This is what SickLit Senior Editor Nicole Ford Thomas had to say about it:

“I really like “The Business of Saving Souls,” as it seems at first like a warm and fuzzy church parable about doing good, but down deep, it’s a lesson about standing up to corruption–all corruption–and fighting to take care of each other.”

SickLit recently ran a reprint of another of my stories, “The Rothmans Job”, which first appeared on the vibrant Canadian literature site, CommuterLit. I have a total of seven stories on CommuterLit and another five on Literally Stories. Thanks to the editors of all of these exceptional online literary journals!

I hope you enjoy the pieces and welcome your comments.

Special thanks to the editors at SickLit. They are awesome sauce. (Or, “hosanna!” as they’d read responsively at the NTCCF.)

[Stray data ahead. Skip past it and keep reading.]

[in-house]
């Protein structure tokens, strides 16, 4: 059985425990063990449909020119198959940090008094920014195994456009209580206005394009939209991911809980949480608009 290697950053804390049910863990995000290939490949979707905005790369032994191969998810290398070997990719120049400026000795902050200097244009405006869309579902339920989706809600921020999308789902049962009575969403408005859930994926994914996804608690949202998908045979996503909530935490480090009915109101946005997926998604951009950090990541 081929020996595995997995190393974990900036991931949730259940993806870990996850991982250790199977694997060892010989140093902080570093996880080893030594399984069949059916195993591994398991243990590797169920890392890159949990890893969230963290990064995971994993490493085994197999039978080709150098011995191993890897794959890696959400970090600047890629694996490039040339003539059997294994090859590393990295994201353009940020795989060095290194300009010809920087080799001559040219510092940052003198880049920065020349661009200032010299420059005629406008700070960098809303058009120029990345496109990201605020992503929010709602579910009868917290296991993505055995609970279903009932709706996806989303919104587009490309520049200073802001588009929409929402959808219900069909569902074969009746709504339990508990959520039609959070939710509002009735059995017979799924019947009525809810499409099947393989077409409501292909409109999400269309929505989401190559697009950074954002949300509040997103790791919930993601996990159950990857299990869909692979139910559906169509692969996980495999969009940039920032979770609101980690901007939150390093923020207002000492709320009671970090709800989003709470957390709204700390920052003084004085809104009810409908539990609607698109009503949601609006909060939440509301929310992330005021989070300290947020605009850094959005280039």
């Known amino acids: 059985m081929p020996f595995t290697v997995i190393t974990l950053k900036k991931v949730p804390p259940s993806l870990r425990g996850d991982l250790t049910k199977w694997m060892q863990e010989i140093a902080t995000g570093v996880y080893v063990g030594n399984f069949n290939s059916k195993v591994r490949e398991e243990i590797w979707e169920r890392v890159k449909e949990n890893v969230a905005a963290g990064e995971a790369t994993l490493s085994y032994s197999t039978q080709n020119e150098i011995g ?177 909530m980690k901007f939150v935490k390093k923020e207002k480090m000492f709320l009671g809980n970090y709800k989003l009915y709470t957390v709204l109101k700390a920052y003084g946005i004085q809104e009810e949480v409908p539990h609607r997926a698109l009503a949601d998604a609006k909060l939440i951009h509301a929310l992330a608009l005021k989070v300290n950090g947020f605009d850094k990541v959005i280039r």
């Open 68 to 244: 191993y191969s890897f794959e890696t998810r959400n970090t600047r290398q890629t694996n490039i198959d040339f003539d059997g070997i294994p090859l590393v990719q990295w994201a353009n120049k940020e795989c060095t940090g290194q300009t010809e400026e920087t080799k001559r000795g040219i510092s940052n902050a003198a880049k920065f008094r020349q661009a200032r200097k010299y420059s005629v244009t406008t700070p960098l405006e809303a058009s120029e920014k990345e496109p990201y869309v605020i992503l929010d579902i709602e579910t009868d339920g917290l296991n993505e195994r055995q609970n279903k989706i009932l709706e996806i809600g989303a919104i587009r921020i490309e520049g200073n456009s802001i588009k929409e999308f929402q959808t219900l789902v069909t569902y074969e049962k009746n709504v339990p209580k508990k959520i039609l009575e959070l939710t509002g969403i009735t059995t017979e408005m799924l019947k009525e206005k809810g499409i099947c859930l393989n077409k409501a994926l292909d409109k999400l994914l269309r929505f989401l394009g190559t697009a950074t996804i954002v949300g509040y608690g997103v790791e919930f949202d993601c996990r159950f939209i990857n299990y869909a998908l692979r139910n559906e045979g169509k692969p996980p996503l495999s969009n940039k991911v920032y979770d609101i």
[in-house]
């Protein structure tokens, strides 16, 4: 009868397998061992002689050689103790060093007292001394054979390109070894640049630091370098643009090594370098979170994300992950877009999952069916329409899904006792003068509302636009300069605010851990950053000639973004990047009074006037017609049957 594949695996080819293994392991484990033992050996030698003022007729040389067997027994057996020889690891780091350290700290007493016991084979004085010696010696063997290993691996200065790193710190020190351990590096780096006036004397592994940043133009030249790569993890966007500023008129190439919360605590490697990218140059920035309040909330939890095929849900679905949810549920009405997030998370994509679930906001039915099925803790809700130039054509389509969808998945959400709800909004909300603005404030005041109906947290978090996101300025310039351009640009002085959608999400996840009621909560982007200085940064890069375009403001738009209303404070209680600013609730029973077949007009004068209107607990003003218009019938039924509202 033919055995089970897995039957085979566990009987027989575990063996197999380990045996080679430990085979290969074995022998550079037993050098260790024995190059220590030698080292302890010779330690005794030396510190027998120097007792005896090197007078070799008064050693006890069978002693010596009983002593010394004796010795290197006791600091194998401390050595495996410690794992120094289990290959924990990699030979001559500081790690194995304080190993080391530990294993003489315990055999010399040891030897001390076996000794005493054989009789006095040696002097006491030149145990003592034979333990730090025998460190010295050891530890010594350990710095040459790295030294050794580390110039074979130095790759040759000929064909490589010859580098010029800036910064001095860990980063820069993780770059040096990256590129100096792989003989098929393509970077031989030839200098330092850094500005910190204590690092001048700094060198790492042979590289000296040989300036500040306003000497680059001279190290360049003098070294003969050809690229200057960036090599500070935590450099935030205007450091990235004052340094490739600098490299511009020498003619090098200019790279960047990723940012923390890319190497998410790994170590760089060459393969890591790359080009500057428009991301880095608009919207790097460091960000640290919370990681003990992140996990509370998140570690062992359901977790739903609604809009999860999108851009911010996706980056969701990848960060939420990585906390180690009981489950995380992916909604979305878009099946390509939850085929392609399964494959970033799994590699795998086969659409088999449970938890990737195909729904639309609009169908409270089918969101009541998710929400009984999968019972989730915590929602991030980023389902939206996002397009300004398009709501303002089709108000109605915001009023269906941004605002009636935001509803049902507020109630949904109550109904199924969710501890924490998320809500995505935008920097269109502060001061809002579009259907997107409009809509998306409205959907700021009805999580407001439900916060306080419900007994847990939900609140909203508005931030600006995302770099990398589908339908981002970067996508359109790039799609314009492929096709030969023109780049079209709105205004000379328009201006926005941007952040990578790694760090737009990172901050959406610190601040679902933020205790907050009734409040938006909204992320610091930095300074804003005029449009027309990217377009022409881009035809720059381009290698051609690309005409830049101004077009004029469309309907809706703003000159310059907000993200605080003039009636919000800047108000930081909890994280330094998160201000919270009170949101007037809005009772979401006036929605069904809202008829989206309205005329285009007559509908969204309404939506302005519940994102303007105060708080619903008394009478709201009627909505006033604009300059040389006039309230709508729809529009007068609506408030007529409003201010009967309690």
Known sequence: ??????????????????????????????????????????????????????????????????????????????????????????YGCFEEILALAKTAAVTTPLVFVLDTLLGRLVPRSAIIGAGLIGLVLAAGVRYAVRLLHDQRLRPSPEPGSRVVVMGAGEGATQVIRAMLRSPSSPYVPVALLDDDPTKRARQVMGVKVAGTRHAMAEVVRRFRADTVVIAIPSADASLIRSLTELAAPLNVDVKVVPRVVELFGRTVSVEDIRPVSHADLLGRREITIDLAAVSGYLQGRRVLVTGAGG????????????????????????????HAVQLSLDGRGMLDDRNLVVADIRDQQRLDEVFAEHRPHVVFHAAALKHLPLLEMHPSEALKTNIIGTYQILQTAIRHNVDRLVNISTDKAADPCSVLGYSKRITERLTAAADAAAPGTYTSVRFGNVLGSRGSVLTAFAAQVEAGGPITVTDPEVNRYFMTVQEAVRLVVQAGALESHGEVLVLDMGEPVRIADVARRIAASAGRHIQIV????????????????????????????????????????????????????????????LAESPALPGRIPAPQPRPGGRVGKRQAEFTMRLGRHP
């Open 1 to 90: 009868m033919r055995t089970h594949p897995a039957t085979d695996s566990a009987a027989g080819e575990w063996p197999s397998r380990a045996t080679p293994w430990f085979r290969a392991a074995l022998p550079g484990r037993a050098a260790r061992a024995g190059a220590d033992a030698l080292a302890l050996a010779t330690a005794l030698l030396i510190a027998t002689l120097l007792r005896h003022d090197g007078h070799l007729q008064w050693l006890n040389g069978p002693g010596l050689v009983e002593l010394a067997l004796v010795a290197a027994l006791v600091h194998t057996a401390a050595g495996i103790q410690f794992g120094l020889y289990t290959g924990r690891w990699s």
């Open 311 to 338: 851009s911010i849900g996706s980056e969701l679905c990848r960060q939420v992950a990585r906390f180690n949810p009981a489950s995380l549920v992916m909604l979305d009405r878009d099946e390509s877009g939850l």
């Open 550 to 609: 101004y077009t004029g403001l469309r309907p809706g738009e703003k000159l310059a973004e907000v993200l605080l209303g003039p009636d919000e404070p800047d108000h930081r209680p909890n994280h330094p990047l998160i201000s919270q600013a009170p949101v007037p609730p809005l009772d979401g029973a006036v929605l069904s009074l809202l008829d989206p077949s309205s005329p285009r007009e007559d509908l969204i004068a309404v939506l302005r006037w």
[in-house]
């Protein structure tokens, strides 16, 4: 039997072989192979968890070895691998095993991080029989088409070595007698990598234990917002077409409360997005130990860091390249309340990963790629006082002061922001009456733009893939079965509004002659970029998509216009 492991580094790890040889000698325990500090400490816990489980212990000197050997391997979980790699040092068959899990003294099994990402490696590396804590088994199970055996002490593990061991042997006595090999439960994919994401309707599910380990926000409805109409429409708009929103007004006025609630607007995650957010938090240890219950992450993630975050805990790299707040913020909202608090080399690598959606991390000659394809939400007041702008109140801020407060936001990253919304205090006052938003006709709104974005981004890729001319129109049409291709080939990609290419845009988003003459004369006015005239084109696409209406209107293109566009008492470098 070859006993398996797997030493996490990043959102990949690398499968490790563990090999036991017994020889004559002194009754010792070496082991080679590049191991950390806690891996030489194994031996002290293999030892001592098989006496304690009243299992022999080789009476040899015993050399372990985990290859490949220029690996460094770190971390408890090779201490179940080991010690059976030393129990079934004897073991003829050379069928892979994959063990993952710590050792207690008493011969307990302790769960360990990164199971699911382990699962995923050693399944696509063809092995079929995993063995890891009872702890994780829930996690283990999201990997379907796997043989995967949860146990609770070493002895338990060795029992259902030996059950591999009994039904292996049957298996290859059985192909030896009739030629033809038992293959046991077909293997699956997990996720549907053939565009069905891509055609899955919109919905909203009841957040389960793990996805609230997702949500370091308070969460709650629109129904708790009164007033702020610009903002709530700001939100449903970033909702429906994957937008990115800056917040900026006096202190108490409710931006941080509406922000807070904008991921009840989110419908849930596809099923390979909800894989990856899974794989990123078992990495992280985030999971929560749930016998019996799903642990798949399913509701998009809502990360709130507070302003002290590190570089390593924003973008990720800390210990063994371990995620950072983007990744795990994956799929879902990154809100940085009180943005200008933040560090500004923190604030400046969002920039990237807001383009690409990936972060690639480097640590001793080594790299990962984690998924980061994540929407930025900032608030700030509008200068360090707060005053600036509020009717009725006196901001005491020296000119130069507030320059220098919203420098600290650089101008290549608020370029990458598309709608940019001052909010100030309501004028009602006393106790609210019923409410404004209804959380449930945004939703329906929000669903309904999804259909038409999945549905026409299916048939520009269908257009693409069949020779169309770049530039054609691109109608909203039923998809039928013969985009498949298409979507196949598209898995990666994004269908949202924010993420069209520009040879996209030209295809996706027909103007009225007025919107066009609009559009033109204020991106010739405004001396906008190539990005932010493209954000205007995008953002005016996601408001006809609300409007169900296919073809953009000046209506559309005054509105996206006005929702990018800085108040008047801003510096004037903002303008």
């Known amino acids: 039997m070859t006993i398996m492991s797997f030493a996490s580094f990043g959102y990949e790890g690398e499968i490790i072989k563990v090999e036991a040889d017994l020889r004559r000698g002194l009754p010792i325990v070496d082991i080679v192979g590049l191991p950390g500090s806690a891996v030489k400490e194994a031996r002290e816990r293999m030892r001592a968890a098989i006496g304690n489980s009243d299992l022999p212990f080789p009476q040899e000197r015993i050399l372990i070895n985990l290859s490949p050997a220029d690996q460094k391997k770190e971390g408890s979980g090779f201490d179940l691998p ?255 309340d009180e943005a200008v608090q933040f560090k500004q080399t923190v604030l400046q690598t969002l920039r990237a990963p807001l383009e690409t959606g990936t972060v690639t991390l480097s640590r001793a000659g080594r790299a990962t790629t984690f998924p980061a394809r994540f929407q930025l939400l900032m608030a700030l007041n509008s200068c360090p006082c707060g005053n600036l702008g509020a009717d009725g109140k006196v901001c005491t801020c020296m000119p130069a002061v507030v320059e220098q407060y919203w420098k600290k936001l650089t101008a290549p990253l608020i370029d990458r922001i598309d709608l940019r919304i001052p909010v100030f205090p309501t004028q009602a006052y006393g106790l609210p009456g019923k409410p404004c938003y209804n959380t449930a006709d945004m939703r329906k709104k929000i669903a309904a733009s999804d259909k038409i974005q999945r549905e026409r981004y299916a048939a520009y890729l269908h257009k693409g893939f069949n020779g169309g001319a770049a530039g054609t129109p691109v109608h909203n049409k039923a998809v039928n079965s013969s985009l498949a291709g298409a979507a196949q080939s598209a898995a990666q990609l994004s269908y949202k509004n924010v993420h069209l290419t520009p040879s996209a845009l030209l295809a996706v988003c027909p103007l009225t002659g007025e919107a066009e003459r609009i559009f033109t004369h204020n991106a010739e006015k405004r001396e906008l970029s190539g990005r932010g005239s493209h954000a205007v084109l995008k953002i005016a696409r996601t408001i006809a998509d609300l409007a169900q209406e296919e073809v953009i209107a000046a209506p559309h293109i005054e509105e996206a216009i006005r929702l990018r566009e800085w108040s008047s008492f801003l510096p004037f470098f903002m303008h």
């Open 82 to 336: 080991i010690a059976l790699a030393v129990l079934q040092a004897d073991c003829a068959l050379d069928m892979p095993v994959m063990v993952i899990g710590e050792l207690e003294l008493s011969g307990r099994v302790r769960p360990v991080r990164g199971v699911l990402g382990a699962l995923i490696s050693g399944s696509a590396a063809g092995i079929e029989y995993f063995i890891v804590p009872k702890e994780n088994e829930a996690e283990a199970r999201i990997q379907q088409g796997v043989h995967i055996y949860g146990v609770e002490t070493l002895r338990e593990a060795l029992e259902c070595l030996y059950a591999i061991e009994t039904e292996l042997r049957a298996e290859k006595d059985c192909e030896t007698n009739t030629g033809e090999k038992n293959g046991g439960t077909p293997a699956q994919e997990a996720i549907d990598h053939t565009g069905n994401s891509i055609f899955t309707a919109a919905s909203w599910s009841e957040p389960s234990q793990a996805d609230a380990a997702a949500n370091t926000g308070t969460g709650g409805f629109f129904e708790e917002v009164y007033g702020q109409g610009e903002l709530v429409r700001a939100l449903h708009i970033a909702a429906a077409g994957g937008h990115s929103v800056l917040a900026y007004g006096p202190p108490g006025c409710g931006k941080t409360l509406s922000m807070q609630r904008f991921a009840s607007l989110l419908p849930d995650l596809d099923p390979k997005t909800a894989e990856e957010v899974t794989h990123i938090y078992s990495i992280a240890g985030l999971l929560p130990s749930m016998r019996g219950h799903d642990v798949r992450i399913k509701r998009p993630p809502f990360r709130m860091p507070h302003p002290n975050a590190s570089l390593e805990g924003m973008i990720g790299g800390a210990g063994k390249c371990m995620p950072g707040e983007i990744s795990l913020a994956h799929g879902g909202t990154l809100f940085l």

Allfornow – Mitch

Beta Readers Wanted. Ein bät.

Hi, all!

My short story, “A Fisherman’s Story” appeared in Rhubarb Magazine about six months ago. Since that time, I have written two complementary stories around it, literally, to create a trilogy.

“The Bottom of the Sky” is a continuation of the fisherman’s story that was in Rhubarb. There’s a prequel – Part 1: Acapulco 1955 and a sequel – Part 3: Mismaloya 1977 that bracket the original story of the three-piecer, now going under the name – Part 2: Puerta Vallarta 1975.

j and yoko

So: would you like to give 3-pieces a chance? (All we are saying…) I am looking for pre-readers or “beta readers” (the cool name) to read and relate their observations. Literary stuff like, “Toews! Your brain is a rotting cesspool of dog vomit!” Or really tough criticism – whatevs.

Anyhoo, if you would like to give it a read, drop me a note and I will send you a dbl-spaced, TNY 12-pt Word doc with 1″ margins to accommodate your red ink.

Warning: it’s not very Mennonitish and has little to do with relationship break-ups, zombies, or kinky sex among the snow-birds of Phoenix. (Just threw that last one in there to see if you were still reading.)

Danke sehr, gracias amigo mio!

Mitch Toews
Rennie, MB